Muscular Dystrophy - myotonic: Is a CP myotomy appropriate?
If careful assessment reveals a hypertonic cricopharyngeal muscle.
p. 338
Muscular Dystrophy - oculopharyngeal dystrophy
Affects ocular and pharyngeal muscles selectively. May result in reduced pharyngeal contraction and dysfunction of the muscular portion of the UES.
p. 338
Muscular Dystrophy - oculopharyngeal dystrophy - problems swallowing
Often can't propel material through pharynx b/c of reduced strength of pharyngeal constrictors and can't move material through UES b/c muscular portion doesn't relax and allow the larynx to move up and forward and open the sphincter.
p. 339
Most common swallowing dysfunction in patients w/ muscular dystrophy of any type
Reduction in strength of pharyngeal constrictors.
p. 339
Treatment for swallowing disorders resulting from various forms of muscular dystrophy
Compensatory Strategies
p. 339
Dystonia
Relatively rare chronic disease characterized by involuntary, irregular chronic contortions of muscles of the head, neck, trunk and extremities which may affect speech and swallowing.
p. 339
What may worsen dystonia?
Volitional attempts to manipulate food in prep for the swallow.
p. 339
What swallowing problems occur w/ dystonia.
As it worsens, labial seal worsens and food is lost from the mouth. Collecting bolus to initiate swallow may be severely impaired, material may fall over tongue base prematurely. OTT slowed w/ disorganized lingual propulsion of bolus.
p. 339
How is the pharyngeal stage of swallowing w/ dystonia?
Once pharyngeal swallow initiated, motor control of pharyngeal stage usually normal.
p. 339
Dermatomyositis
Collagen disease in which polymyositis or multiple muscle involvement is one distinguishing characteristic. Usually causes dysphagia.
p. 339
Dermatomyositis and swallowing problems
Reduced pharyngeal contraction and dysfunctioning of cricopharyngeus muscle
p. 339
In what neurologic diseases might dysphagia be the first symptom of the disease?
PD, myasthenia gravis, ALS, Guillain-Barre
p. 339
Dysphagia as the first sign of PD
rocking-rolling tongue motion alone or in combo w/ reduced tongue base movement and/or reduced lip closure and poor laryngeal elevation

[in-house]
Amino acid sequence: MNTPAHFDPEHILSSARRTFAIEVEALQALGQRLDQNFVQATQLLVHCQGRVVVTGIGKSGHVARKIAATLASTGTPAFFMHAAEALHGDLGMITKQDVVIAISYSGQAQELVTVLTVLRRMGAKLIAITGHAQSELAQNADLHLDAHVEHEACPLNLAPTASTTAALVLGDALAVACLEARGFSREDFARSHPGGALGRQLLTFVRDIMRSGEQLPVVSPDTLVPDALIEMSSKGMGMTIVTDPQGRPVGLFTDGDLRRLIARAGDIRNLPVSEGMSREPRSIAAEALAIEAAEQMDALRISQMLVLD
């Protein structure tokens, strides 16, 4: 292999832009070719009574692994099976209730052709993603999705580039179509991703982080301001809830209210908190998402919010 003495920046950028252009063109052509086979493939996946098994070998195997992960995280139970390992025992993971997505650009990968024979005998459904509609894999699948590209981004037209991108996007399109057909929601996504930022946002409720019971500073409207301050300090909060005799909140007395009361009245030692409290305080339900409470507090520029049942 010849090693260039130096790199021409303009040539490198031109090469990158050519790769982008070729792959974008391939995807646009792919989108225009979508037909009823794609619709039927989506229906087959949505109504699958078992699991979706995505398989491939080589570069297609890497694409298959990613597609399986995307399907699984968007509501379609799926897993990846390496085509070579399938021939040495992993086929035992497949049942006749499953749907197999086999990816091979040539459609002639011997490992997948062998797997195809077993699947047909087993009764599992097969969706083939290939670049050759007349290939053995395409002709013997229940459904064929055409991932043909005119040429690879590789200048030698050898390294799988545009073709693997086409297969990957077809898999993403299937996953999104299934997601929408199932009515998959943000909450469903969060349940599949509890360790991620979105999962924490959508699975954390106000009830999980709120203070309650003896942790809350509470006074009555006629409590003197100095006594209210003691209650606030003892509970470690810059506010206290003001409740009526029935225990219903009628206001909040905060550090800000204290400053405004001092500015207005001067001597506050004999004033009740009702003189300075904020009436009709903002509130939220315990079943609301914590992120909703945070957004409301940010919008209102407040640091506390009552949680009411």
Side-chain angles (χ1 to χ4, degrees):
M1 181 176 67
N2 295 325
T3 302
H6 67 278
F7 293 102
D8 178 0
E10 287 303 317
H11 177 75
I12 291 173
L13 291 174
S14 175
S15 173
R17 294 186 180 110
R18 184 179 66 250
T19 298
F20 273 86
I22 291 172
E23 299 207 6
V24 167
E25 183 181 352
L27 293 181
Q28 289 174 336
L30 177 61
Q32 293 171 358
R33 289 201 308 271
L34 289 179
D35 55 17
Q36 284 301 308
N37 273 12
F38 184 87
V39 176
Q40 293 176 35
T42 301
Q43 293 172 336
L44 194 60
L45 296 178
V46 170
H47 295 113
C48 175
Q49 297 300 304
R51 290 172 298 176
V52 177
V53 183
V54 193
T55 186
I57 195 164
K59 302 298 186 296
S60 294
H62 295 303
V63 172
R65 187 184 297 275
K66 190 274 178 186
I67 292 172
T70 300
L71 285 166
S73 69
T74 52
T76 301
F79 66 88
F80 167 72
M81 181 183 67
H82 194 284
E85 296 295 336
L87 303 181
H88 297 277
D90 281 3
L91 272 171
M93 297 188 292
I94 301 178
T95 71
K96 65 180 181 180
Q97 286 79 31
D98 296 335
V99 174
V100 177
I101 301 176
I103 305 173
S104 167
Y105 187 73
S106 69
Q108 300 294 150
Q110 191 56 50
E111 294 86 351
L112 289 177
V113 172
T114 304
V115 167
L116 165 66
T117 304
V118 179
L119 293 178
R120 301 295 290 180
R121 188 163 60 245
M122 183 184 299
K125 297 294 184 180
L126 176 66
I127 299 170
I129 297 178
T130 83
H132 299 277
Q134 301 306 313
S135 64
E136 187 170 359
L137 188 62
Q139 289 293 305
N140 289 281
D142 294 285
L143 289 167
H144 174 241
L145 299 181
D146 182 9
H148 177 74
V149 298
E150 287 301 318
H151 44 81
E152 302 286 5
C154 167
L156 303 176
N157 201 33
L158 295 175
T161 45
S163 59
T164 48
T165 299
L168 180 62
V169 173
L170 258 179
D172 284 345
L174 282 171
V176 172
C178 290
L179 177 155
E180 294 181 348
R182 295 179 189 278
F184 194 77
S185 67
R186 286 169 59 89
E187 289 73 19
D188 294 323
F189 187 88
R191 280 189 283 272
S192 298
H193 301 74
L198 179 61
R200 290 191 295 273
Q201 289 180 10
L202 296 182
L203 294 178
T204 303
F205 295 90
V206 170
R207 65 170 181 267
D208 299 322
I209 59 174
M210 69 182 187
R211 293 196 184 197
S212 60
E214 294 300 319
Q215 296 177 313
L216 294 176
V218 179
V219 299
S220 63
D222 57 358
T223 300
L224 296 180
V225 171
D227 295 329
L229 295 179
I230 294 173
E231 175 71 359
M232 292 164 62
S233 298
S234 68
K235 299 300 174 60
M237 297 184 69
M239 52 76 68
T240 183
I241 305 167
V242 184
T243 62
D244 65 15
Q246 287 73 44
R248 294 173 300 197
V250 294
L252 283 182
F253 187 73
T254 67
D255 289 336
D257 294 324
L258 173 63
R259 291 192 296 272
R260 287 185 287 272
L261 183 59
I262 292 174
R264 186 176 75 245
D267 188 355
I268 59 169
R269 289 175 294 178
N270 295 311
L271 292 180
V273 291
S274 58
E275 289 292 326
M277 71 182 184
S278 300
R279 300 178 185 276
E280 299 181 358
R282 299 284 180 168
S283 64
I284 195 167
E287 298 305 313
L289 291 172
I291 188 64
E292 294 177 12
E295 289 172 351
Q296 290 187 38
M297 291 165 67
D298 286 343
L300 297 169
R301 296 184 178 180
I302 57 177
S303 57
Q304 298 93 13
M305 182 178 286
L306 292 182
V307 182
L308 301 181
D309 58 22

p. 339
Dysphagia as the first sign of myasthenia gravis
Presents w/ fatigue on use of selected muscles during swallowing. Use fatigue test during MBS (repeat test before and after eating).
p. 340
Dysphagia as the first sign of ALS
Reduced lip closure, fine tongue control and chewing w/ or w/o fasciculations in the tongue. Soft palate involvement may also be present.
p. 340
Dysphagia as the first sign of Guillain-Barre
Generally weak swallow w/ reduced range of motion of all pharyngeal structures.
p. 340
Dysphagia as the first sign of brainstem tumor
Slowly progressive swallowing problems, usually affecting triggering of pharyngeal swallow, reduced laryngeal elevation and reduced tongue base action
p. 304
What to do when a pt. w/ no identified medical diagnosis exhibits significant dysphagia on MBS?
Movement patterns in mouth and pharynx should be carefully observed and compared to swallow movement patterns seen in pt's w/ specific neurologic diagnoses. Also observe posture, gait and fine motor control and take careful hx to determine if pt. is progressive. Refer to neurologist and let them know the nature of the pt's dysphagia and neurologic indicators.
p. 340
Rheumatoid Arthritis
Can affect several structures involved in swallowing. Can invade cricoarytenoid joint, restricting arytenoid movement during swallowing thus reducing airway closure.
p. 340
What can happen with a flare up of rheumatoid arthritis?
Can cause swelling in cricoarytenoid joint and in the arytenoid, resulting in collection of food around arytenoid and/or in airway entrance, w/ aspiration after the swallow.
p. 341
What might happen with rheumatoid arthritis and cervical vertebrae?
May cause swelling in cervical vertebrae, which may impinge on posterior pharyngeal wall. May make postural changes more difficult.
p. 341
Rheumatoid Arthritis and temporomandibular joint
Can damage it and make chewing painful
p. 341
Treatment of swallowing related to rheumatoid arthritis
Medication treats problems, reduces edema and improves swallowing. Our job is just to introduce compensatory strategies until the inflammation involved is eliminated through meds.
p. 341
Chronic Obstructive Pulmonary Disease (COPD)
Changes in respiration may result in swallowing problems. COPD is a generic term for pysiologic abnormalities causing chronic airflow limitation.
p. 341
Is the incidence of swallowing problems w/ COPD well defined?
Nooooo
p. 341
What are the known problems w/ COPD related to swallowing?
Difficulty w/ airway closure and aspiration during the swallow. Don't know if the airway closure problem results from COPD or causes it.
p. 341
Treatment for COPD pts w/ dysphagia
Compensatory changes, such as postural, diet and use of sensory techniques best as they don't stress the respiratory system.
p. 341